As a translator, I am very interested in the way a translated text becomes part of another culture’s literature. In recent decades, Farid ud-Din Attar’s 12th-century Persian masterpiece, Manṭeq al-ṭayr, has been the source for three new and revised translations, three illustrated adaptations (two for children), two expensive art books, and a number of theater and film adaptations. Excerpts of the poem are included in many collections, such as Norton Anthology of World Literature. The National Endowment for the Humanities selected the work as a free book for the public libraries as part of its Bridging Cultures project.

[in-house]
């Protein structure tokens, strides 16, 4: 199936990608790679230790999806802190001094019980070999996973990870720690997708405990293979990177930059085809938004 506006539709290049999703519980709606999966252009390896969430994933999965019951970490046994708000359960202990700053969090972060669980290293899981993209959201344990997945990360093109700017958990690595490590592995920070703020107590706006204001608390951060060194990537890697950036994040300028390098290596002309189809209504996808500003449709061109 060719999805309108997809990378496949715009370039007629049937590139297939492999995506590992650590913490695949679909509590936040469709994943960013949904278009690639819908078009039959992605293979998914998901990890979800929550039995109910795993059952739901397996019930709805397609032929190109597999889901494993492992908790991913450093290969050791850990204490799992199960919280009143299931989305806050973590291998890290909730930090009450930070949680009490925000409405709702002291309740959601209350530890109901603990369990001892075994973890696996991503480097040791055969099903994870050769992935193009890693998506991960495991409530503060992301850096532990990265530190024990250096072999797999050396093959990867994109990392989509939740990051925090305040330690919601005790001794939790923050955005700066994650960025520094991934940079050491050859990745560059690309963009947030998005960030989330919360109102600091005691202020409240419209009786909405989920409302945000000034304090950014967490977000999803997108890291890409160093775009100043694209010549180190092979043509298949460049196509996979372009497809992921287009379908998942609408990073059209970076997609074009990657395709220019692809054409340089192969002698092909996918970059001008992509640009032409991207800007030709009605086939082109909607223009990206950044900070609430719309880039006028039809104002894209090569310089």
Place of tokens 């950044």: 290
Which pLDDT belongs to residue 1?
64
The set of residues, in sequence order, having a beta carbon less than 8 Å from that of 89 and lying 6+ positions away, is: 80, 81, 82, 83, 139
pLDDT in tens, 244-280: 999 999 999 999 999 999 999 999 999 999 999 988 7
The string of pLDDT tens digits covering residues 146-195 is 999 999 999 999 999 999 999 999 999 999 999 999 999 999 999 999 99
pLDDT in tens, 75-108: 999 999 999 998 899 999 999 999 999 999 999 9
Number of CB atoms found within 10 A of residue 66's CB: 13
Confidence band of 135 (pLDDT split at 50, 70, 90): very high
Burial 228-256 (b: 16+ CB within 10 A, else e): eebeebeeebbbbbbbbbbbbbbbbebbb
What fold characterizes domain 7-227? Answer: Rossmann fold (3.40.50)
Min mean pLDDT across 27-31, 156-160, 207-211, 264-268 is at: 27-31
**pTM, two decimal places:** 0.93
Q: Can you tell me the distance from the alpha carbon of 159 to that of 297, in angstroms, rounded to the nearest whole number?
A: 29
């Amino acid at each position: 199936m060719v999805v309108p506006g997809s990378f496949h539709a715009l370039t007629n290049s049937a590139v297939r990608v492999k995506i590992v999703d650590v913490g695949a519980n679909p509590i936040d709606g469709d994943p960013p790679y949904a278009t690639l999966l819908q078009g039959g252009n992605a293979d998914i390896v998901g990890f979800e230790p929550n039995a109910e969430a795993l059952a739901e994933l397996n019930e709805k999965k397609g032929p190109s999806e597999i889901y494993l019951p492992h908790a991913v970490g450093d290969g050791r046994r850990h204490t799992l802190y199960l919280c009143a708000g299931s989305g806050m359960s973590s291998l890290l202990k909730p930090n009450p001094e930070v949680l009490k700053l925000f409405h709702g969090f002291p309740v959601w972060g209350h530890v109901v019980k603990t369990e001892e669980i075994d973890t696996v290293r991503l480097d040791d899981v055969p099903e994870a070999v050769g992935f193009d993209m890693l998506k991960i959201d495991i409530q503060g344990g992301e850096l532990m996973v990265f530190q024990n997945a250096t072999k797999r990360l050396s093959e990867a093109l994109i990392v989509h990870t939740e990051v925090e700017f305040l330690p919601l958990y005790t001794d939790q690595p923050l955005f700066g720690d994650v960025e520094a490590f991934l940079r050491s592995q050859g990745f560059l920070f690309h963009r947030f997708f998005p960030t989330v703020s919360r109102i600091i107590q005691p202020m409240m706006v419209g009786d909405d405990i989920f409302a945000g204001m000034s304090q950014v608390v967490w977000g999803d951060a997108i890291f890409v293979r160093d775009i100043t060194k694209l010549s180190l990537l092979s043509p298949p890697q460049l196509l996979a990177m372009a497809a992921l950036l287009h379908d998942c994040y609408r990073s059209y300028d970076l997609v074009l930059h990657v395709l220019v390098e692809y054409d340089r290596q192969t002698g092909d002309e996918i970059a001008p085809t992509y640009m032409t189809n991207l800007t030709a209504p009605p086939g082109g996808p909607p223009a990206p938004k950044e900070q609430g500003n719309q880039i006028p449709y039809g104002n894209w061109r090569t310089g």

All the retranslations and adaptations point to the rising importance of Attar’s poem in the English language. Here, I will take a short survey of more recent translations and adaptations. These works are in conversation with Attar’s poem, bringing fresh and multifarious interpretations while building new homes for it in English. Along with Peter Avery, Dick Davis and his wife Afkham Darbandi have produced the first two complete and rather accurate translations. Dick Davis is an award-winning poet and a prominent Persian scholar and translator. The verse version of The Conference of the Birds was one of his first translations. Their popular book, which was also chosen for the NEH’s Bridging Cultures project, was published by Penguin Classics in 1984 and revised in 2011, when they added the Prologue and Epilogue. The added sections are based on Mohammad-Reza Shafiei-Kadkani’s Persian text, which is the latest authoritative source for the poem. It would have been great if Darbandi and Davis had updated the whole book using this recent version, since the line numbers of the story don’t match Shafiei-Kadkani’s edition and his revisions are not reflected in the new Penguin edition.